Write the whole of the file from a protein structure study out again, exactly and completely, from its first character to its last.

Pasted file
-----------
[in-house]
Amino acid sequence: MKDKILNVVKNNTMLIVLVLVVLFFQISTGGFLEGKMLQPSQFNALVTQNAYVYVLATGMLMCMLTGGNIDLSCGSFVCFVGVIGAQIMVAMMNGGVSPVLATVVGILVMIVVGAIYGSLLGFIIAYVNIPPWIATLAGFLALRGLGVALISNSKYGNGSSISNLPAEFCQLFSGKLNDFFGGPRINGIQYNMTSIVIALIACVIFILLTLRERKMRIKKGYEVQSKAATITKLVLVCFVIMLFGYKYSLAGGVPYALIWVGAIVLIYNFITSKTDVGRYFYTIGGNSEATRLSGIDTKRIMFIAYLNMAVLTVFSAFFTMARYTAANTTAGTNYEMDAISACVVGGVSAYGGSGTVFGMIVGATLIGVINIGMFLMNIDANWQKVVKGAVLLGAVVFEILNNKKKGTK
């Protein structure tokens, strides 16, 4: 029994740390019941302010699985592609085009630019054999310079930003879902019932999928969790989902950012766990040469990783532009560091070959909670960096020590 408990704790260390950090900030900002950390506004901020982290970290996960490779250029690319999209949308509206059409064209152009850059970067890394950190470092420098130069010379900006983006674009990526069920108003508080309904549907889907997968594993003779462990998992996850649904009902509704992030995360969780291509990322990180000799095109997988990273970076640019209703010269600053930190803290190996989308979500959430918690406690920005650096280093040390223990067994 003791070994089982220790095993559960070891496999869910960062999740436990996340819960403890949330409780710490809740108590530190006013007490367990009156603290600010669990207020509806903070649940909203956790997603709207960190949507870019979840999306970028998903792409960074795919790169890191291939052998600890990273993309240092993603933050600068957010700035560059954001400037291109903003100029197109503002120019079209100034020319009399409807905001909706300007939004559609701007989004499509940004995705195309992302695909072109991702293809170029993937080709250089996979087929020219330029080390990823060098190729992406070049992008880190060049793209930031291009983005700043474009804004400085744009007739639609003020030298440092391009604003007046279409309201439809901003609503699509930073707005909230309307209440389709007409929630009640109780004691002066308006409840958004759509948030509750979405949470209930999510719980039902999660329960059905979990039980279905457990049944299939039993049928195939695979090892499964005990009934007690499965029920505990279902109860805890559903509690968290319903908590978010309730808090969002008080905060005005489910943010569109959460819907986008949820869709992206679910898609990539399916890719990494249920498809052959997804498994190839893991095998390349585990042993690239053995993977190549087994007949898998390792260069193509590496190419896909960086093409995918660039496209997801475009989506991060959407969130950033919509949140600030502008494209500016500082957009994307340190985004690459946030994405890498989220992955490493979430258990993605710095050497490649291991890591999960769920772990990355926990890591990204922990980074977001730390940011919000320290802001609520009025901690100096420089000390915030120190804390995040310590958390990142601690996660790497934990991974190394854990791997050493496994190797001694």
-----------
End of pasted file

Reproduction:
[in-house]
Amino acid sequence: MKDKILNVVKNNTMLIVLVLVVLFFQISTGGFLEGKMLQPSQFNALVTQNAYVYVLATGMLMCMLTGGNIDLSCGSFVCFVGVIGAQIMVAMMNGGVSPVLATVVGILVMIVVGAIYGSLLGFIIAYVNIPPWIATLAGFLALRGLGVALISNSKYGNGSSISNLPAEFCQLFSGKLNDFFGGPRINGIQYNMTSIVIALIACVIFILLTLRERKMRIKKGYEVQSKAATITKLVLVCFVIMLFGYKYSLAGGVPYALIWVGAIVLIYNFITSKTDVGRYFYTIGGNSEATRLSGIDTKRIMFIAYLNMAVLTVFSAFFTMARYTAANTTAGTNYEMDAISACVVGGVSAYGGSGTVFGMIVGATLIGVINIGMFLMNIDANWQKVVKGAVLLGAVVFEILNNKKKGTK
């Protein structure tokens, strides 16, 4: 029994740390019941302010699985592609085009630019054999310079930003879902019932999928969790989902950012766990040469990783532009560091070959909670960096020590 408990704790260390950090900030900002950390506004901020982290970290996960490779250029690319999209949308509206059409064209152009850059970067890394950190470092420098130069010379900006983006674009990526069920108003508080309904549907889907997968594993003779462990998992996850649904009902509704992030995360969780291509990322990180000799095109997988990273970076640019209703010269600053930190803290190996989308979500959430918690406690920005650096280093040390223990067994 003791070994089982220790095993559960070891496999869910960062999740436990996340819960403890949330409780710490809740108590530190006013007490367990009156603290600010669990207020509806903070649940909203956790997603709207960190949507870019979840999306970028998903792409960074795919790169890191291939052998600890990273993309240092993603933050600068957010700035560059954001400037291109903003100029197109503002120019079209100034020319009399409807905001909706300007939004559609701007989004499509940004995705195309992302695909072109991702293809170029993937080709250089996979087929020219330029080390990823060098190729992406070049992008880190060049793209930031291009983005700043474009804004400085744009007739639609003020030298440092391009604003007046279409309201439809901003609503699509930073707005909230309307209440389709007409929630009640109780004691002066308006409840958004759509948030509750979405949470209930999510719980039902999660329960059905979990039980279905457990049944299939039993049928195939695979090892499964005990009934007690499965029920505990279902109860805890559903509690968290319903908590978010309730808090969002008080905060005005489910943010569109959460819907986008949820869709992206679910898609990539399916890719990494249920498809052959997804498994190839893991095998390349585990042993690239053995993977190549087994007949898998390792260069193509590496190419896909960086093409995918660039496209997801475009989506991060959407969130950033919509949140600030502008494209500016500082957009994307340190985004690459946030994405890498989220992955490493979430258990993605710095050497490649291991890591999960769920772990990355926990890591990204922990980074977001730390940011919000320290802001609520009025901690100096420089000390915030120190804390995040310590958390990142601690996660790497934990991974190394854990791997050493496994190797001694």